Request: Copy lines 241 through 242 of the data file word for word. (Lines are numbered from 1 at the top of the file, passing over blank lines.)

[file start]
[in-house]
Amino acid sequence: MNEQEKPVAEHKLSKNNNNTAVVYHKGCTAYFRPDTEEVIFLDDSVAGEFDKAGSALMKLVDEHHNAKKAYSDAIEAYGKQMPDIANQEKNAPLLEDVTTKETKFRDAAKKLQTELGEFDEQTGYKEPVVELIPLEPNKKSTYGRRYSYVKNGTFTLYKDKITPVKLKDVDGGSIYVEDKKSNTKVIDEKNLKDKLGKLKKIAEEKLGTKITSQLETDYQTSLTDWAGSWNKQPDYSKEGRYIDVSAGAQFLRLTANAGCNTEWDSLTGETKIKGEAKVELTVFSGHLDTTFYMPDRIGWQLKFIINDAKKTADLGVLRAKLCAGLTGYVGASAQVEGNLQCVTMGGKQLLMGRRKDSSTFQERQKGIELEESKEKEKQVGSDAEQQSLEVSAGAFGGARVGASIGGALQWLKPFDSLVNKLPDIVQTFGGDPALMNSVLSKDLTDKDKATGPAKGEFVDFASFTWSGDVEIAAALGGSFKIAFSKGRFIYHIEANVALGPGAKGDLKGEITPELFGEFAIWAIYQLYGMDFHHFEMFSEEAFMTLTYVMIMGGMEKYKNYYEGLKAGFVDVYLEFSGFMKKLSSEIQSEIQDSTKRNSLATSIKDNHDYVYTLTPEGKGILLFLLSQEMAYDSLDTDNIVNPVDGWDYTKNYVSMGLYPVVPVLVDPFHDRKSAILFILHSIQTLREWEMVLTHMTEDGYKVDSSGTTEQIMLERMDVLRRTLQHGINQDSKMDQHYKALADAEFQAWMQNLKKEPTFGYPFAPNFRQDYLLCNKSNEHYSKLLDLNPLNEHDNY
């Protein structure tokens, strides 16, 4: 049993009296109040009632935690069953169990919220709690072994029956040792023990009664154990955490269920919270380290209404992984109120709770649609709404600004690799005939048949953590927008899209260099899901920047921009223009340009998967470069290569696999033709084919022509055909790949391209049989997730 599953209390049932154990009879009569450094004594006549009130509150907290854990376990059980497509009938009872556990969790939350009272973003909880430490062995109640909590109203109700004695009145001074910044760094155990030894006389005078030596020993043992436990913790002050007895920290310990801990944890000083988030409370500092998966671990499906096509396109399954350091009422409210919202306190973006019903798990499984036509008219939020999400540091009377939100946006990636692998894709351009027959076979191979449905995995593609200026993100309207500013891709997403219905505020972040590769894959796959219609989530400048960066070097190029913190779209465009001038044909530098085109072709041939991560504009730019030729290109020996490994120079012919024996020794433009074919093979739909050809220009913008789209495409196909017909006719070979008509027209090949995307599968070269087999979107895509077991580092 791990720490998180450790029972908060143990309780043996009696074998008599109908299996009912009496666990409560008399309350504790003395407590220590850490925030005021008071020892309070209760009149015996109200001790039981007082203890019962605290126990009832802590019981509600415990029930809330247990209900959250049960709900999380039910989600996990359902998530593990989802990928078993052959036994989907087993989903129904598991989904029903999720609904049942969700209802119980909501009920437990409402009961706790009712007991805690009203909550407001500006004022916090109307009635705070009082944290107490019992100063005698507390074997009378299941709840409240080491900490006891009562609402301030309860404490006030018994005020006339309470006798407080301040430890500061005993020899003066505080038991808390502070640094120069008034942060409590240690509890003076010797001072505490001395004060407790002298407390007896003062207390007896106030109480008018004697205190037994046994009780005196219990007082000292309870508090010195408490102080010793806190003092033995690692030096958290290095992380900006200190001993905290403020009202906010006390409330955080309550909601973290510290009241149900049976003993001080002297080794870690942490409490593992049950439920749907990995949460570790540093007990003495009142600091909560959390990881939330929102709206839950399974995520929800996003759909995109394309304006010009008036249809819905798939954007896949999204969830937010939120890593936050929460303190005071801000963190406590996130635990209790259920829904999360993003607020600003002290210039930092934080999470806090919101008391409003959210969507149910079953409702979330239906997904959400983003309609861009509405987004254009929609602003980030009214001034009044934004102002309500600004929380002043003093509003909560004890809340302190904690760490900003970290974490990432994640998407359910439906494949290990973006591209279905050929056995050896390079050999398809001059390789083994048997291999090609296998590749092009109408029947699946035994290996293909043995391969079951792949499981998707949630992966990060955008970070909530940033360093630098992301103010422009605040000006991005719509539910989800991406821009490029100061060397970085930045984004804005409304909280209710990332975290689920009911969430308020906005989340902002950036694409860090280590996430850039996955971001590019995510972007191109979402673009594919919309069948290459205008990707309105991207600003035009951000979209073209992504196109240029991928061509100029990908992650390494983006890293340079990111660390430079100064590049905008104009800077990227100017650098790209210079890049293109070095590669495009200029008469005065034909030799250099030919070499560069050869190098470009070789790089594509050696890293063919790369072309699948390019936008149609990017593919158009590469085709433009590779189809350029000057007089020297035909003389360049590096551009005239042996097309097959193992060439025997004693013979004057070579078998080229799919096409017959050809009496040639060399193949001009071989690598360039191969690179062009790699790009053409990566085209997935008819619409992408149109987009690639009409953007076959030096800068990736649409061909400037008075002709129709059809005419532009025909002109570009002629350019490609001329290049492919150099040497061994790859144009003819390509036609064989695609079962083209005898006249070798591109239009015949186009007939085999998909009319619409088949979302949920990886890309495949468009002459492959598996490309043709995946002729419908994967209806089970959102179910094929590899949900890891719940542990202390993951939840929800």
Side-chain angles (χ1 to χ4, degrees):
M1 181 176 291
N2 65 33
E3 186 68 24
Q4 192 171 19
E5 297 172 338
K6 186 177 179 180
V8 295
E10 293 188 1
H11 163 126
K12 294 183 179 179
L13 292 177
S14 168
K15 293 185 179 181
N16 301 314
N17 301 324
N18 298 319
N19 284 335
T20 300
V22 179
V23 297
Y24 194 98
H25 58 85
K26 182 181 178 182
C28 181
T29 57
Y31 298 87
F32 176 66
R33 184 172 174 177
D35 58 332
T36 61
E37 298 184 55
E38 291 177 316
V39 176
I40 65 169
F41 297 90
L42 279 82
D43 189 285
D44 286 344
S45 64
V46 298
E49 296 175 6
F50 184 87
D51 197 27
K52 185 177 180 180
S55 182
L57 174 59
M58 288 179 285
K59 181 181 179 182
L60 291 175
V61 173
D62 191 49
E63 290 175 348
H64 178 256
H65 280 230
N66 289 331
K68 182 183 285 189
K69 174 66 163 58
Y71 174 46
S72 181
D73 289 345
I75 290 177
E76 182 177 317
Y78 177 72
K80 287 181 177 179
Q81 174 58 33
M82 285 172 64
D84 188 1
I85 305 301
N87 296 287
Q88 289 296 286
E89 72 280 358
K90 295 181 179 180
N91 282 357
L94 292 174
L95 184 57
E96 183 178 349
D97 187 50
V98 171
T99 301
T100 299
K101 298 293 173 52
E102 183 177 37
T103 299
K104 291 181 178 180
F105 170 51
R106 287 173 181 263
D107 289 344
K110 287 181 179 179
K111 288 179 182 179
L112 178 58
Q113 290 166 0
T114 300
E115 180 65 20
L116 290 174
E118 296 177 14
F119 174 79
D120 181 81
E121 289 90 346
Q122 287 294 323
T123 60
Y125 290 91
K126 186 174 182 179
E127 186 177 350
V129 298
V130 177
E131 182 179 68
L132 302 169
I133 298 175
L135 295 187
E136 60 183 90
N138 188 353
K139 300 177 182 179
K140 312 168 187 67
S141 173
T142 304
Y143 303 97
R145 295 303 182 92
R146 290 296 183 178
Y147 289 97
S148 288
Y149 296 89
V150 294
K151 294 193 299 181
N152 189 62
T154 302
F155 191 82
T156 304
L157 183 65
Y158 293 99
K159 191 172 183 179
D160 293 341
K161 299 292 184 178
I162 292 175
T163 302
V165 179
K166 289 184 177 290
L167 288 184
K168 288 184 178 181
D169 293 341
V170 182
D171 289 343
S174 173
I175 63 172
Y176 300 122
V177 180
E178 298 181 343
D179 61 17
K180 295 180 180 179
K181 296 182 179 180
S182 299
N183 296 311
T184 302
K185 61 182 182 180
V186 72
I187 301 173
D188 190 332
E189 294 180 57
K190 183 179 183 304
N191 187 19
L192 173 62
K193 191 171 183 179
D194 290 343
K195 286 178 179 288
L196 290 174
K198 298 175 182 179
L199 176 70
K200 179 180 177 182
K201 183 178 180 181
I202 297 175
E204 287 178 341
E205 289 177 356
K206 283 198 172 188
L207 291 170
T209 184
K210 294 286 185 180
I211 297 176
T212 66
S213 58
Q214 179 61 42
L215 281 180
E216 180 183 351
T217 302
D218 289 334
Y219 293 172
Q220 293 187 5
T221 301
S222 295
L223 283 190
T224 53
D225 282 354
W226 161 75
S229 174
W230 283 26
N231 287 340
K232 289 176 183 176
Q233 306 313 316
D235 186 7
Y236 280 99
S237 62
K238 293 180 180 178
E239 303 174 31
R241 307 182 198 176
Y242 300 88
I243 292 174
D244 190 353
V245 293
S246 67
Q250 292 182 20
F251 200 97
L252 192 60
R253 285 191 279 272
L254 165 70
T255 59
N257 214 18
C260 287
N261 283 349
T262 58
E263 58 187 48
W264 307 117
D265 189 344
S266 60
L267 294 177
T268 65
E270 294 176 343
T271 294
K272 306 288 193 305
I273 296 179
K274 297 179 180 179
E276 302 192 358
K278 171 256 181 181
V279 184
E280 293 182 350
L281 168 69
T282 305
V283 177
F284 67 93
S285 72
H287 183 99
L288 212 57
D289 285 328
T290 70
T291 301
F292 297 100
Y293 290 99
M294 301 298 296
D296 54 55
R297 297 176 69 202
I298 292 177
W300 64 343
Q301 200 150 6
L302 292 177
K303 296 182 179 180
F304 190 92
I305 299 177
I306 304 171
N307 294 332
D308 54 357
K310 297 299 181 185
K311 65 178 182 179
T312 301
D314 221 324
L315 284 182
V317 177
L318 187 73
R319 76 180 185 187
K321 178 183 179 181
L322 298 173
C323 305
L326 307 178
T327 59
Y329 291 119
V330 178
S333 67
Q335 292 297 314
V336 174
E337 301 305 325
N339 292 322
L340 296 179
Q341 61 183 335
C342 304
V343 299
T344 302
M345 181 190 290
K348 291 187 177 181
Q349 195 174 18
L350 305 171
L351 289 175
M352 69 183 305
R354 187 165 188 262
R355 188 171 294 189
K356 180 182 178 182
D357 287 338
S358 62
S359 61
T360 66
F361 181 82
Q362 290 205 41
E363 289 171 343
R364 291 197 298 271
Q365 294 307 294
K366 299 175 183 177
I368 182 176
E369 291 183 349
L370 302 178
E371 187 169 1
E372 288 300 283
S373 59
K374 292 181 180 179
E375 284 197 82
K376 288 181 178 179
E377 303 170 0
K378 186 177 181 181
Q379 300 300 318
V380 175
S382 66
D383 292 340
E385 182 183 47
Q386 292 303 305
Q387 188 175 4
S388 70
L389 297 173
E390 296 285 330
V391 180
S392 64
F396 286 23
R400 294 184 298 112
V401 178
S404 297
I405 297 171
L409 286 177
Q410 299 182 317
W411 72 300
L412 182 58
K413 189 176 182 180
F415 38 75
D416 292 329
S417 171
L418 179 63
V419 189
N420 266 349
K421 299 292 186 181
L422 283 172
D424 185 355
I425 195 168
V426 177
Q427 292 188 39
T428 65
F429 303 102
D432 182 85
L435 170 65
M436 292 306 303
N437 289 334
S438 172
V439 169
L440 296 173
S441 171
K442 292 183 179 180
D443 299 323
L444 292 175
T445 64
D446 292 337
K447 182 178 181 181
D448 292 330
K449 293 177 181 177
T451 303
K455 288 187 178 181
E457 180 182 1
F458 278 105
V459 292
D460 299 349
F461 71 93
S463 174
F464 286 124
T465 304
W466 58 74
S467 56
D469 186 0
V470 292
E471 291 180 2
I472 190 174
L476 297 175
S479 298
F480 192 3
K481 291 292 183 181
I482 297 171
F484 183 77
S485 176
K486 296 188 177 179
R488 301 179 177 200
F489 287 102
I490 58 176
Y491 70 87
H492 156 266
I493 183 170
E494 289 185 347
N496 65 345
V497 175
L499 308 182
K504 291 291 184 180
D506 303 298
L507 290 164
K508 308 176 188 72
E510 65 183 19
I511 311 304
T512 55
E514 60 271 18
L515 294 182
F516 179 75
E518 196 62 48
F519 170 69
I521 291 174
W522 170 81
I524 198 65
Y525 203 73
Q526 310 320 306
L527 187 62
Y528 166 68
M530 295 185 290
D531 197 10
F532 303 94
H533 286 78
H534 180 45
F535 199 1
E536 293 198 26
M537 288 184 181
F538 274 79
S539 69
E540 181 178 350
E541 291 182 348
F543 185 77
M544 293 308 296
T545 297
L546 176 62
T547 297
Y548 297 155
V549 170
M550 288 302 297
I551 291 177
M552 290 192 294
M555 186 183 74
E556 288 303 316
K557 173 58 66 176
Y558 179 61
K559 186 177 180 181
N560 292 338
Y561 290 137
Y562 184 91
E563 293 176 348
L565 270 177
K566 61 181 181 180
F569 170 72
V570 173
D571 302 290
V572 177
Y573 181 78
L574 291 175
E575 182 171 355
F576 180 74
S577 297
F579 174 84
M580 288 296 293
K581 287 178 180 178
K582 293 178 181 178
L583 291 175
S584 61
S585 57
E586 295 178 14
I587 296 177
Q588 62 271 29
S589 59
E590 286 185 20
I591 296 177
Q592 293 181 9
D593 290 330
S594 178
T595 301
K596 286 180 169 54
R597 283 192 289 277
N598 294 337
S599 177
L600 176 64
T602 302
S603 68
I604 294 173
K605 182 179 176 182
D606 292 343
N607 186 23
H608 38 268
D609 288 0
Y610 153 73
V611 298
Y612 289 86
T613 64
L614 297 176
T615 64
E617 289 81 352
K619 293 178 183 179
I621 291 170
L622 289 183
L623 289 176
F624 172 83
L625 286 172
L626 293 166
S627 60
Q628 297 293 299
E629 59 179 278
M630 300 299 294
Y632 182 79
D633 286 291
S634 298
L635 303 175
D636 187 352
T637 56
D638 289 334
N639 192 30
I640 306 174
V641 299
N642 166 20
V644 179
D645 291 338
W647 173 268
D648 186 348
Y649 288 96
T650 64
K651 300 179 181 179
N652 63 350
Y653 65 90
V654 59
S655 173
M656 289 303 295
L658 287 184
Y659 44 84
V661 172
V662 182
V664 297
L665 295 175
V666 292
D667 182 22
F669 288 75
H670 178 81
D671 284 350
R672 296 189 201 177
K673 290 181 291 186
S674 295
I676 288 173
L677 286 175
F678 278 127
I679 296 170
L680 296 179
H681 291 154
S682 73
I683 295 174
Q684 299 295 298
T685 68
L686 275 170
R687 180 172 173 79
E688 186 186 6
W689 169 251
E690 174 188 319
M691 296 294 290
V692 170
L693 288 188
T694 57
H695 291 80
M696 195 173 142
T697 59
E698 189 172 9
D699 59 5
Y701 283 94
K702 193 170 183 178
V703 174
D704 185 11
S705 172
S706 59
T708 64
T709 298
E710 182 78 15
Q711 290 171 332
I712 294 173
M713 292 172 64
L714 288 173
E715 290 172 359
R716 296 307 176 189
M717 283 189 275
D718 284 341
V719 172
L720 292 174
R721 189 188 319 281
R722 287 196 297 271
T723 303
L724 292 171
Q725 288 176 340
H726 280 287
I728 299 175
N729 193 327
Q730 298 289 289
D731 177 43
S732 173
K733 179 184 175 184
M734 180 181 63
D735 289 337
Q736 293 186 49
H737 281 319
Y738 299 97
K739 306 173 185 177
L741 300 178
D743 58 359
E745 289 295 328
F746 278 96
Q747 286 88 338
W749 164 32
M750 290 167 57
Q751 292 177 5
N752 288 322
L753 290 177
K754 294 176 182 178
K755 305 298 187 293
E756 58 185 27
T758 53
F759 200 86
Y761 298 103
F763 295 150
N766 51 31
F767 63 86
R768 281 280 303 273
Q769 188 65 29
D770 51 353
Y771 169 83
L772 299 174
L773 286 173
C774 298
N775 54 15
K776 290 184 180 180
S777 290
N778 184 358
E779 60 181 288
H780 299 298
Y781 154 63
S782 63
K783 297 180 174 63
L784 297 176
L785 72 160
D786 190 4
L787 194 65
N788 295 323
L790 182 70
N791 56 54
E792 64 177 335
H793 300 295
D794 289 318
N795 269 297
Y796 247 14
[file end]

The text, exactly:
S285 72
H287 183 99